Did people already forget that Bungie was telling folks that Destiny‘s story would be epic? That players would explore the solar system with their friends, finding sweet loot and making stories for themselves? That you could “Become Legend”?
Well, all of those promises were technically true.
Destiny‘s story is pretty epic, but it wasn’t given to the player in the manner expected, it was told through exposition from your Ghost. Entire volumes of information were hidden in Destiny‘s Grimoire, which could only be accessed on the website or via the app. What players were able to learn about the setting required the gaming equivalent of doing homework before your next history class.
Players did get to explore the solar system, but the worlds you could visit were rather limited, and consisted only of endlessly respawning enemies. Some areas Bungie hinted that players could visit were either only available as a PvP map, or later added in paid DLC.
There was plenty of sweet loot, but it was doled out entirely through the game’s RNG system, which quickly became an inside joke. The Cryptarch ended up handing out insults instead of decent equipment, though later that was thankfully fixed. Players sought workarounds for not receiving loot from the difficult missions, strikes, and raids in the form of the lootcave (which became another inside joke).
Those stories players made for themselves? That really didn’t happen for the most part. I’ve come to realize that when a developer says that players will create their own stories, it’s really just code for “we didn’t spend much time on writing and animation, so we did the bare minimum and hope you’ll fill in the gaps with gameplay”.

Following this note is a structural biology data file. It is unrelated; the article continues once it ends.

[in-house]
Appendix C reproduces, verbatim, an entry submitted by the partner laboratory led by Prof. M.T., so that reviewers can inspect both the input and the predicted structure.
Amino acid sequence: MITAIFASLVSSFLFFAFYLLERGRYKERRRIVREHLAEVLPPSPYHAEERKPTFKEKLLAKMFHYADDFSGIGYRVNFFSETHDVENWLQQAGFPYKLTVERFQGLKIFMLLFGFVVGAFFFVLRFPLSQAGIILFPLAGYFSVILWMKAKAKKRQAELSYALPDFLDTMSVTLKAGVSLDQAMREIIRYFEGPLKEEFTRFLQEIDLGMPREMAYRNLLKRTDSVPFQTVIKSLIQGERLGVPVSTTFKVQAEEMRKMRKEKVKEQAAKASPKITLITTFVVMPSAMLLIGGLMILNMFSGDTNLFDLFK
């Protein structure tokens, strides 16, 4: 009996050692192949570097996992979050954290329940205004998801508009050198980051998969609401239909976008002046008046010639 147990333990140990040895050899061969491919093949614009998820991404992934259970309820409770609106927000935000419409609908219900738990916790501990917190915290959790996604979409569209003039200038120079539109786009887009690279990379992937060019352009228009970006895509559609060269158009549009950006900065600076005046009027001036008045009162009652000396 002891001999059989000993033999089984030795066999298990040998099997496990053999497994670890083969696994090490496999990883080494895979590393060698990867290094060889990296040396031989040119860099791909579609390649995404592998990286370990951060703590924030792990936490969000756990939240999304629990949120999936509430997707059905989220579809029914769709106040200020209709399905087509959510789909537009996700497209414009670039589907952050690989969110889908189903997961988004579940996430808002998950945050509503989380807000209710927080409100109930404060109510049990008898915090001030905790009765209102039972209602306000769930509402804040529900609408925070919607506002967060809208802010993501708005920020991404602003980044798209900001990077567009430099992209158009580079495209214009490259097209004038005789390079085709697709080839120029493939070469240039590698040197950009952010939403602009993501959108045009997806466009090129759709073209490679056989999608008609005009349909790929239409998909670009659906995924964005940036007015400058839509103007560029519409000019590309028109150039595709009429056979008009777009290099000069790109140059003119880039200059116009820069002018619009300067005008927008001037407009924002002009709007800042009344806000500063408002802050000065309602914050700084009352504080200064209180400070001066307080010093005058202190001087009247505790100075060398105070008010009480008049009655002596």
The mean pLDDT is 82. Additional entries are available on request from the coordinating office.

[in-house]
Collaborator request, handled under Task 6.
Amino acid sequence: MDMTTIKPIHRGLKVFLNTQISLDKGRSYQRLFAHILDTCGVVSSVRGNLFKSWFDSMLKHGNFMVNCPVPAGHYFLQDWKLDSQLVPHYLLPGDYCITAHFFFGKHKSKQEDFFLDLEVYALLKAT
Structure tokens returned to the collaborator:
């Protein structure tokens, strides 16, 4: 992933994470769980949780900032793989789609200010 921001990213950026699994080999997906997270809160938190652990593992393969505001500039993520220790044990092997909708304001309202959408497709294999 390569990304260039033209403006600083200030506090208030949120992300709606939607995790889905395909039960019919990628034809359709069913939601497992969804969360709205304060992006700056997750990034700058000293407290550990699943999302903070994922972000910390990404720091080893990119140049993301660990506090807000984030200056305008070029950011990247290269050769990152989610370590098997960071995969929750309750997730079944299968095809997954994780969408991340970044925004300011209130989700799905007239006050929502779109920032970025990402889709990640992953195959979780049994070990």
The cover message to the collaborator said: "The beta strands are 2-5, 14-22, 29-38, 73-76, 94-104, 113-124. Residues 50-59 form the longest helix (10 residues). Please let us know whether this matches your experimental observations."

Yeah, I’m Cynical
If there’s any reason for me to feel this way, it’s that I really wanted Destiny to be the epic space adventure that it was purported to be, instead of Diablo III in space. I was looking for a game that I could play through with Jennifer. Something we could continue coming back to for Co-Op shenanigans. Instead, we were presented with a framework for a game.
I’ll gladly wait until Destiny 2 hits store shelves, and then I’ll wait for it to get vetted by others. Then the truth behind the marketing will be revealed. Then it will be known if Bungie and Activision truly learned from their stumblings.
I’ll learn if the $60 game will feel like a full experience, or if it will need to be supplemented with expansions like The Taken King and Rise of Iron to fill in the gaps. If the game’s inevitable expansion pass will be all-inclusive or only cover content like The Dark Below and House of Wolves.
I’ll learn if Destiny 2 will have a story and world that’s worth investing time in, or if it will be a horrifically boring grind-fest.
I’ll find out if Destiny 2 will have content locked behind console exclusivity agreements, or if I’d be getting the entire game.
I’ll gladly wait until I know for sure, and I’d encourage others to do the same.
Unless, like I stated above, you liked Destiny for what it was. If that’s the case, then Light be with you Guardian. The Darkness awaits.
What do you think of the Destiny 2 reveal? Are you excited? Is this your bag, baby?